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Other Options?
Authored by: lullabud on Aug 19, '05 01:04:18PM

I have a 867mhz laptop, so when people are hacking at the door of my sshd it really grinds my CPU, leading to heat and eventually the fan turning on, leading to me having to disable sshd for some amount of time to stop the attack. There has got to be a better way...

Ideally, I'd like a way to either lock out connections from a certain IP# that fails too many times so that sshd simply drops all packets from that IP#. Another option would be to add an incremental delay period for each failed login...

Speaking of delays, is there a way to add a delay to the authentication process? I'm assuming the CPU consumption is caused by the mathematics behind the encryption. A delay in the authentication would keep the CPU usage down, as well as just make it longer for the perp to get the work done and this might be a simpler process than other options.

I'm also open to more active ways of slowing down or denying these attacks while leaving sshd enabled.



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Other Options?
Authored by: derekhed on Aug 19, '05 01:19:11PM

I have not tried this personally, but you could look into changing your MaxStartups value in the sshd_config file on your machine. Do a 'man sshd_config' and look for that parameter.



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What process is signaling this?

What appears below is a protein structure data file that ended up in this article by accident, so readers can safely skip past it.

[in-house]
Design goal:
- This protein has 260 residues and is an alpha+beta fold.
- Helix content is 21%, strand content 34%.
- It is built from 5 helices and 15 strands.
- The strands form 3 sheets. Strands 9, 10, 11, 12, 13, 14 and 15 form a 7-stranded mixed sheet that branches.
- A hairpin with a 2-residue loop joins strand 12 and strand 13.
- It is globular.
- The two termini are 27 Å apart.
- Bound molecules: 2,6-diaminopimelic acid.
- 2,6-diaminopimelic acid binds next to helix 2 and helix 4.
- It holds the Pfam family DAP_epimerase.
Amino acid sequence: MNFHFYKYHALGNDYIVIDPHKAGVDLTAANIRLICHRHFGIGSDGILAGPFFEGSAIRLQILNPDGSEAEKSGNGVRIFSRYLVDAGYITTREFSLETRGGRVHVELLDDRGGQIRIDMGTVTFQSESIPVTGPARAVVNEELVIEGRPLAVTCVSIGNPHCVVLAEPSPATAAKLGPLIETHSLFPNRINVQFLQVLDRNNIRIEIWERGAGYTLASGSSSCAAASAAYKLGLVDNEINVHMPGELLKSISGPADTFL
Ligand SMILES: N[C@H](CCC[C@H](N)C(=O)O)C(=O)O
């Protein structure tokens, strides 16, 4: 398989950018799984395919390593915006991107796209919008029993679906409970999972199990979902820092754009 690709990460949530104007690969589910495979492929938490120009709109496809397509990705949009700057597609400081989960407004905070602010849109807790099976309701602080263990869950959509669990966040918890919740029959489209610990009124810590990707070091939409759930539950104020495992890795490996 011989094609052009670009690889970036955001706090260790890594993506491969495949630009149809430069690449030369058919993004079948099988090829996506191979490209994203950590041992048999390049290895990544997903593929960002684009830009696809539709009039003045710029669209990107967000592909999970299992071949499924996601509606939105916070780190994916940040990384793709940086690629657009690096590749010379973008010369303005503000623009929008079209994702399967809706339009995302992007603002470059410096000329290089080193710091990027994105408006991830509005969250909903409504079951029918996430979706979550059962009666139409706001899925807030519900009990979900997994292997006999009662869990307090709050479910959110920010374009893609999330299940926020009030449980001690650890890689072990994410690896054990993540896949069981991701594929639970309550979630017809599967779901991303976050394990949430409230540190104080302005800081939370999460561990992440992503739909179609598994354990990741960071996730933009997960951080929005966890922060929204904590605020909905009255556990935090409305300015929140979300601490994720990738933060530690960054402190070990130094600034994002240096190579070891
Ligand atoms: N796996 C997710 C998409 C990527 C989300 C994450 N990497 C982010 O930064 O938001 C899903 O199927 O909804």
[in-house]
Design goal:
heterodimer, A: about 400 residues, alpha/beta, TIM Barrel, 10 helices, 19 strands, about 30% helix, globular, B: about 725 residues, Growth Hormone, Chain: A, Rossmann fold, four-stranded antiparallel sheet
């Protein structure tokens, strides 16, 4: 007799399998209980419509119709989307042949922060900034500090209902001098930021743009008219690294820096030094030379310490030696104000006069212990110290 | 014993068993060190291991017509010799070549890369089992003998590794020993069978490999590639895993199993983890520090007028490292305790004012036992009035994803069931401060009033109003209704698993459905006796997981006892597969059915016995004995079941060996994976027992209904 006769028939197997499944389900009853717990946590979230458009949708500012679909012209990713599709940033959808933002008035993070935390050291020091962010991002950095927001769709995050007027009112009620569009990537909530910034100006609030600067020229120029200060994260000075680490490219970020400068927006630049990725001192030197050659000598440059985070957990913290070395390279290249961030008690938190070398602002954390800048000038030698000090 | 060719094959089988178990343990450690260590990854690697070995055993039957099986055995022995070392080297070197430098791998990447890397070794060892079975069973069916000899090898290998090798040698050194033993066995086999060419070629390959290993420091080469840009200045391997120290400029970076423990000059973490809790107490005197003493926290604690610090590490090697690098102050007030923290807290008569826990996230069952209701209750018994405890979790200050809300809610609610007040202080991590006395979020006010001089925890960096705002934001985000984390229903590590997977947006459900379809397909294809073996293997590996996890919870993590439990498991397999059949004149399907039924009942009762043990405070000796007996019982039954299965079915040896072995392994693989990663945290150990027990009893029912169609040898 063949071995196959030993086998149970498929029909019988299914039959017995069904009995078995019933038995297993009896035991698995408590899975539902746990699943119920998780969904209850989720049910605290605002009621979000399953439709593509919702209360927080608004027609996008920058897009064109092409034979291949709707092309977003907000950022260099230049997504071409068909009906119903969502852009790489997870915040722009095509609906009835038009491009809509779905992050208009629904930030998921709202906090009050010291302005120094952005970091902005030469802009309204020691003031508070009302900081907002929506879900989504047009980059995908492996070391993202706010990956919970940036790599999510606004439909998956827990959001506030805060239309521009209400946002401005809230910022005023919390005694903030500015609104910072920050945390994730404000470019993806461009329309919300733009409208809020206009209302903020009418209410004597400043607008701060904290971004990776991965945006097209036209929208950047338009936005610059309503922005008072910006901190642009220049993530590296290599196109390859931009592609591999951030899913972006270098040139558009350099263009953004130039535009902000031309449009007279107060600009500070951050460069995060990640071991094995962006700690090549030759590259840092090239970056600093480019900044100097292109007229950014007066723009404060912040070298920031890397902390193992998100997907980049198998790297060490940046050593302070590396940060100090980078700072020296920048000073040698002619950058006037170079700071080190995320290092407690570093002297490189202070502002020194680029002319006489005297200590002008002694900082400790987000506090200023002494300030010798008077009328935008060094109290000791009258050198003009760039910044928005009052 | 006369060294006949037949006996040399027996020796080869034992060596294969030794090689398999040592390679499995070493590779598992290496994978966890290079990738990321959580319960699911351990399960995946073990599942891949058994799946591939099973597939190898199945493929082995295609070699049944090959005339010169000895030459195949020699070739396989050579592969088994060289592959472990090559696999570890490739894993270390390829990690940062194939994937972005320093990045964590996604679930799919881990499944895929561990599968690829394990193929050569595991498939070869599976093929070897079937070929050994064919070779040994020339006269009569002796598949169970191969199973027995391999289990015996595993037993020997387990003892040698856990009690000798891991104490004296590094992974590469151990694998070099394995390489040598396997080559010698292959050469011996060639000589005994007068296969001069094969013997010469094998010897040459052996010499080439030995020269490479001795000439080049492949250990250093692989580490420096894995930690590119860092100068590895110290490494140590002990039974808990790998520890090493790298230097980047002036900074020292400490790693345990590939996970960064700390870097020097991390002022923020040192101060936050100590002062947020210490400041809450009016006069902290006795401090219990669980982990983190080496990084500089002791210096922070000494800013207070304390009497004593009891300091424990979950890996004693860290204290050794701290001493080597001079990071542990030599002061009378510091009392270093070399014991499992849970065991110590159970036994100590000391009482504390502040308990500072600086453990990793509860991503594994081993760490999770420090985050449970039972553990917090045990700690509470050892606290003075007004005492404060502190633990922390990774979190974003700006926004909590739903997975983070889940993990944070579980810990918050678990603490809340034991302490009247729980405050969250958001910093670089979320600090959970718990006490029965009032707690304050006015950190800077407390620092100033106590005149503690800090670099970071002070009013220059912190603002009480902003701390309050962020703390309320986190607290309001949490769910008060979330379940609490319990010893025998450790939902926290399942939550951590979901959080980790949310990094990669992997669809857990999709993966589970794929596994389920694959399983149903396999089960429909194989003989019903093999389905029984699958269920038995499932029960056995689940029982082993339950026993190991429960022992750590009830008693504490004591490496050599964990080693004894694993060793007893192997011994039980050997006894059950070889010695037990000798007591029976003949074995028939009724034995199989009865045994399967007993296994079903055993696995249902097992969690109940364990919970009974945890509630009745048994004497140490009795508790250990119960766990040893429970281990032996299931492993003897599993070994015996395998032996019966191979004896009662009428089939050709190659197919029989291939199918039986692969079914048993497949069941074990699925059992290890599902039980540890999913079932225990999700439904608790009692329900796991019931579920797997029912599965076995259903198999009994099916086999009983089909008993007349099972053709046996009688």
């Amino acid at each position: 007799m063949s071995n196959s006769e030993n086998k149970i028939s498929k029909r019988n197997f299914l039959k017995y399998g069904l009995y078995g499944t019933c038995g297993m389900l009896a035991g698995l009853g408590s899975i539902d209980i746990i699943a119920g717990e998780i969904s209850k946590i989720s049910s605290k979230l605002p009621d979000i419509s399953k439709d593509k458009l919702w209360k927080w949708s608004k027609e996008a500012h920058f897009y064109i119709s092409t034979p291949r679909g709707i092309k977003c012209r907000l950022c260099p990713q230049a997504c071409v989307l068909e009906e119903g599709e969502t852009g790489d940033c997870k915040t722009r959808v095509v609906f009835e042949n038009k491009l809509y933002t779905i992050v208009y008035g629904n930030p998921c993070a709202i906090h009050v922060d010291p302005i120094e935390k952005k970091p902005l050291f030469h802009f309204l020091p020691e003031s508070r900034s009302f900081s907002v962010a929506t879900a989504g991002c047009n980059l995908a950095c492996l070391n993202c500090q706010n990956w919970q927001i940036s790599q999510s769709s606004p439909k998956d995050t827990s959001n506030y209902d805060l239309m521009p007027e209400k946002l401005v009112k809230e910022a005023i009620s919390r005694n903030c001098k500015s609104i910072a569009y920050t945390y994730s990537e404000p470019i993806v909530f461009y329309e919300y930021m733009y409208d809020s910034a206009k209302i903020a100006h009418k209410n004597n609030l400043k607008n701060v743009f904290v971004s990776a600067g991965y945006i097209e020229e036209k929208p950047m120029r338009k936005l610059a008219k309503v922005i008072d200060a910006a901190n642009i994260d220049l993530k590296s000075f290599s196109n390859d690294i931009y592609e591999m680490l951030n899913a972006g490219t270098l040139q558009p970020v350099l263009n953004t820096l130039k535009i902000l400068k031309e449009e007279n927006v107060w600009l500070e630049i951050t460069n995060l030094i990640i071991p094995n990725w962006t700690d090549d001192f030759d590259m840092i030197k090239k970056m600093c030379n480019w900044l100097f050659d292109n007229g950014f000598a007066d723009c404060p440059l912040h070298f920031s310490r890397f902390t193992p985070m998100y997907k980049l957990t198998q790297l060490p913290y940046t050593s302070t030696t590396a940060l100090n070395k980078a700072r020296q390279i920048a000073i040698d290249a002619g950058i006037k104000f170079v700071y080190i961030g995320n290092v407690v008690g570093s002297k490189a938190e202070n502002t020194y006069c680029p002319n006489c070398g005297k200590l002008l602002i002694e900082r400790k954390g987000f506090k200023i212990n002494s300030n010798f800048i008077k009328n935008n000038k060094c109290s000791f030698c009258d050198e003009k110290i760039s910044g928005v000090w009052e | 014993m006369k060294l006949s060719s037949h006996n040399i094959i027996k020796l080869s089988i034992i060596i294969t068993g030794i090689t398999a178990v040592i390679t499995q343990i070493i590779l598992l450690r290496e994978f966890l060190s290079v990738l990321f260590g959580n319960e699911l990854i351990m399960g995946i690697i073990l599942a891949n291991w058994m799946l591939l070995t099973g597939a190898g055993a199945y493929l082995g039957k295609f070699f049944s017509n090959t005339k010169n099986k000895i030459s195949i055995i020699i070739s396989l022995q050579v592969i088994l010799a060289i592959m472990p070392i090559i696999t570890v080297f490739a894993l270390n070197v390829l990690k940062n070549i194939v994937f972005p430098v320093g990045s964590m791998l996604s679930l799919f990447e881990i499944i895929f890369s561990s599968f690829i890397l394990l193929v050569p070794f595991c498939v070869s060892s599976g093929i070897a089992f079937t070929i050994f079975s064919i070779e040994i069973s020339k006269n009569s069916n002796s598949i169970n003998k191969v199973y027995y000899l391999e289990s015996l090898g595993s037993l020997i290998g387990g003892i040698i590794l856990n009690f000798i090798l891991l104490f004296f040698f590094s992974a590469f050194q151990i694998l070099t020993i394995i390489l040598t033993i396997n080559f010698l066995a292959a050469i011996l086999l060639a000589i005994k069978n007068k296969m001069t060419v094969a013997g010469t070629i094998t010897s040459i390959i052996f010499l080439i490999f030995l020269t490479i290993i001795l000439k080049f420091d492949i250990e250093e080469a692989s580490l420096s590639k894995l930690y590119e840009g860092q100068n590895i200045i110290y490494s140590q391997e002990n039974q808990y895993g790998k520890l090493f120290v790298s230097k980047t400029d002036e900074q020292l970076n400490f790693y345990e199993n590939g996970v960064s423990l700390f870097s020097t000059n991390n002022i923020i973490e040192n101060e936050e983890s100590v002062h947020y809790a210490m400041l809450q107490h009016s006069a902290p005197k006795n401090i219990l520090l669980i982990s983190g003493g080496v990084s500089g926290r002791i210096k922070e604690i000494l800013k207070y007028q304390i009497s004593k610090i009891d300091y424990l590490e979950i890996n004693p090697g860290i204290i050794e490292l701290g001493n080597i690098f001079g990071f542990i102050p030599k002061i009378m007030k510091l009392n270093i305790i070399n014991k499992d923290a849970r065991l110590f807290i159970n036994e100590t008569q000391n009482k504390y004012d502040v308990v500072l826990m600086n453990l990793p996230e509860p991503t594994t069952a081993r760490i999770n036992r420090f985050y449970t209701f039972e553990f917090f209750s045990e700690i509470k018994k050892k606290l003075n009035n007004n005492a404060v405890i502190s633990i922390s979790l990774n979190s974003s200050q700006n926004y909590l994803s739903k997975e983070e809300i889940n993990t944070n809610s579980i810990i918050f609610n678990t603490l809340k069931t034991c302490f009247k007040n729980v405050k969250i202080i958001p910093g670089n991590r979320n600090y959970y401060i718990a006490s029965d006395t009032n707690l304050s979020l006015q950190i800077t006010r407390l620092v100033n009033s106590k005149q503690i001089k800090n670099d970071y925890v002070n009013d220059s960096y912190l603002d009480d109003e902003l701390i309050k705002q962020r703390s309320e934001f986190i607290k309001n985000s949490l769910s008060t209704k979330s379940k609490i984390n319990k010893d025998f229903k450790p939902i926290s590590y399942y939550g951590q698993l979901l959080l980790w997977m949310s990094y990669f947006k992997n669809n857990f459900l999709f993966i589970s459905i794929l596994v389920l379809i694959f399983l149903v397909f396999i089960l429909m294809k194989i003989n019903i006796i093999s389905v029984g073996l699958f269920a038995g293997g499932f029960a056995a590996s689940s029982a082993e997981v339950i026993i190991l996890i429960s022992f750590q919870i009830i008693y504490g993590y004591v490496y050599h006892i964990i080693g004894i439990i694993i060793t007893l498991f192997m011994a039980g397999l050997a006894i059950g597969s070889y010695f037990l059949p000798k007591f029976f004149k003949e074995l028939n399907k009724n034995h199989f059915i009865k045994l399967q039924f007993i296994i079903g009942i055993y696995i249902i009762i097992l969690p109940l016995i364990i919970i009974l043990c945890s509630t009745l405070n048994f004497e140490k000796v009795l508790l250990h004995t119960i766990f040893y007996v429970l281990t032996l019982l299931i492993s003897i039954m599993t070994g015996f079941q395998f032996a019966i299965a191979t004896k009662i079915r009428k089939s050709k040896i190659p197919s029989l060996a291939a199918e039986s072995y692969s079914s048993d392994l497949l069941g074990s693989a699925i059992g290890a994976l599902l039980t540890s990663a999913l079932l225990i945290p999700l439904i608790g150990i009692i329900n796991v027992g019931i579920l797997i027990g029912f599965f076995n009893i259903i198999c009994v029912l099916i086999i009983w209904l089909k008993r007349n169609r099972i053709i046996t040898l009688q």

Authored by: hamarkus on Aug 19, '05 02:44:41PM

Which process is doing the ssh stuff? In other words, how do I see it when people are pounching at my door? I often have the processes 'sh', 'pmTool', 'kerneltask' taking up a lot of cycles (10% to 20%), I attribute some of these to Matlab, which might use these processes, or VirtualPC as well.



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Monitoring and Delays
Authored by: lullabud on Aug 19, '05 03:06:13PM

I've actually never paid attention to what process is doing the authentication, and frankly I'm not too sure about OS X's `top` binary, but I keep an eye on my network meter for systematic looking patterns and my CPU meter for consistent CPU usage when my system should be idling. If something looks fishy I `tail -f /var/log/system.log`. (That's also handy when used with /var/log/httpd/access_log when people are hacking your webserver.)

Also, while testing to see which process would be hogging the CPU, I noticed this in the system log:

Failed Authentication return is being delayed due to over five recent auth failures for username: foo.

I wonder if there's a variable I can change to lengthen that delay....



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What process is signaling this?
Authored by: vykor on Aug 19, '05 05:22:07PM

For every ssh connection, there should be a correspondingly forked sshd instance to handle it. So the list in top or ps, look for the sshd instances.



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Other Options? DenyHosts
Authored by: vortmax on Aug 19, '05 06:18:56PM

http://denyhosts.sourceforge.net/

This a python sccript that you can cron as root. It checks the access logs and for those hits from script kiddies, it will add to the /etc/hosts.deny file the offending IP.

Careful if you fail your own login passwordd. You could deny your valid ip.

vortmax



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